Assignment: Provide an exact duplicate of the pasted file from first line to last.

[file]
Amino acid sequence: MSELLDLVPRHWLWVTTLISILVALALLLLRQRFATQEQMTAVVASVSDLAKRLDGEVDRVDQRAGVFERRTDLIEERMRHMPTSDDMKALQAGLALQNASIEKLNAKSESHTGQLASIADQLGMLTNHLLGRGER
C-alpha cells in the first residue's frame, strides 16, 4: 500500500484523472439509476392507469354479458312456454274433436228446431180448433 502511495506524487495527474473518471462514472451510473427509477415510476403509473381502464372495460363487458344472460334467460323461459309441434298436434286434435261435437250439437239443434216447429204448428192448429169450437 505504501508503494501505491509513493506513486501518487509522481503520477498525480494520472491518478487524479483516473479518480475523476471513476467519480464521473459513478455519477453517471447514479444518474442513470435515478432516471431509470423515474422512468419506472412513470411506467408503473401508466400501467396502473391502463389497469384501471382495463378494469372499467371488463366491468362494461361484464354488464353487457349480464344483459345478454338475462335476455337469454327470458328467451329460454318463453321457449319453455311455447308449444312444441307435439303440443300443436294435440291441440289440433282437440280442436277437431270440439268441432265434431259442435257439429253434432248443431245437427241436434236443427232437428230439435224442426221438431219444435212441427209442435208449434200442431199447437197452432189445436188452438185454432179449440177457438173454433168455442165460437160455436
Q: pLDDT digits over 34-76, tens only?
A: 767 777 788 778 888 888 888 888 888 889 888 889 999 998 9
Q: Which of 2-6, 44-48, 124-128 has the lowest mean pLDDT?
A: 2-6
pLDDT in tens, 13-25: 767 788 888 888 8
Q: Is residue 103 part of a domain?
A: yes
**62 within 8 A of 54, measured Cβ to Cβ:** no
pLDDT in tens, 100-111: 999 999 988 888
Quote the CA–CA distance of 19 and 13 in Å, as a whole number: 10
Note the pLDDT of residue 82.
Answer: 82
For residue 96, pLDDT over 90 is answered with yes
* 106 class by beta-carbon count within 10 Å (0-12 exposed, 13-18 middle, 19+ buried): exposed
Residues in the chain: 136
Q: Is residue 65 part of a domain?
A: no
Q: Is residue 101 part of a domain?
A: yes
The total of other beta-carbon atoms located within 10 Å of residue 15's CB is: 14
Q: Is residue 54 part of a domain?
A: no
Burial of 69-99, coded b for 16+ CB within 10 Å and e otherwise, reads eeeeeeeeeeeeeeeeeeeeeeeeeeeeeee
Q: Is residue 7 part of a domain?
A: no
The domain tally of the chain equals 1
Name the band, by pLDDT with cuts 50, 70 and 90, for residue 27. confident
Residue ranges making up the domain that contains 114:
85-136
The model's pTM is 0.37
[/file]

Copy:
Amino acid sequence: MSELLDLVPRHWLWVTTLISILVALALLLLRQRFATQEQMTAVVASVSDLAKRLDGEVDRVDQRAGVFERRTDLIEERMRHMPTSDDMKALQAGLALQNASIEKLNAKSESHTGQLASIADQLGMLTNHLLGRGER
C-alpha cells in the first residue's frame, strides 16, 4: 500500500484523472439509476392507469354479458312456454274433436228446431180448433 502511495506524487495527474473518471462514472451510473427509477415510476403509473381502464372495460363487458344472460334467460323461459309441434298436434286434435261435437250439437239443434216447429204448428192448429169450437 505504501508503494501505491509513493506513486501518487509522481503520477498525480494520472491518478487524479483516473479518480475523476471513476467519480464521473459513478455519477453517471447514479444518474442513470435515478432516471431509470423515474422512468419506472412513470411506467408503473401508466400501467396502473391502463389497469384501471382495463378494469372499467371488463366491468362494461361484464354488464353487457349480464344483459345478454338475462335476455337469454327470458328467451329460454318463453321457449319453455311455447308449444312444441307435439303440443300443436294435440291441440289440433282437440280442436277437431270440439268441432265434431259442435257439429253434432248443431245437427241436434236443427232437428230439435224442426221438431219444435212441427209442435208449434200442431199447437197452432189445436188452438185454432179449440177457438173454433168455442165460437160455436
Q: pLDDT digits over 34-76, tens only?
A: 767 777 788 778 888 888 888 888 888 889 888 889 999 998 9
Q: Which of 2-6, 44-48, 124-128 has the lowest mean pLDDT?
A: 2-6
pLDDT in tens, 13-25: 767 788 888 888 8
Q: Is residue 103 part of a domain?
A: yes
**62 within 8 A of 54, measured Cβ to Cβ:** no
pLDDT in tens, 100-111: 999 999 988 888
Quote the CA–CA distance of 19 and 13 in Å, as a whole number: 10
Note the pLDDT of residue 82.
Answer: 82
For residue 96, pLDDT over 90 is answered with yes
* 106 class by beta-carbon count within 10 Å (0-12 exposed, 13-18 middle, 19+ buried): exposed
Residues in the chain: 136
Q: Is residue 65 part of a domain?
A: no
Q: Is residue 101 part of a domain?
A: yes
The total of other beta-carbon atoms located within 10 Å of residue 15's CB is: 14
Q: Is residue 54 part of a domain?
A: no
Burial of 69-99, coded b for 16+ CB within 10 Å and e otherwise, reads eeeeeeeeeeeeeeeeeeeeeeeeeeeeeee
Q: Is residue 7 part of a domain?
A: no
The domain tally of the chain equals 1
Name the band, by pLDDT with cuts 50, 70 and 90, for residue 27. confident
Residue ranges making up the domain that contains 114:
85-136
The model's pTM is 0.37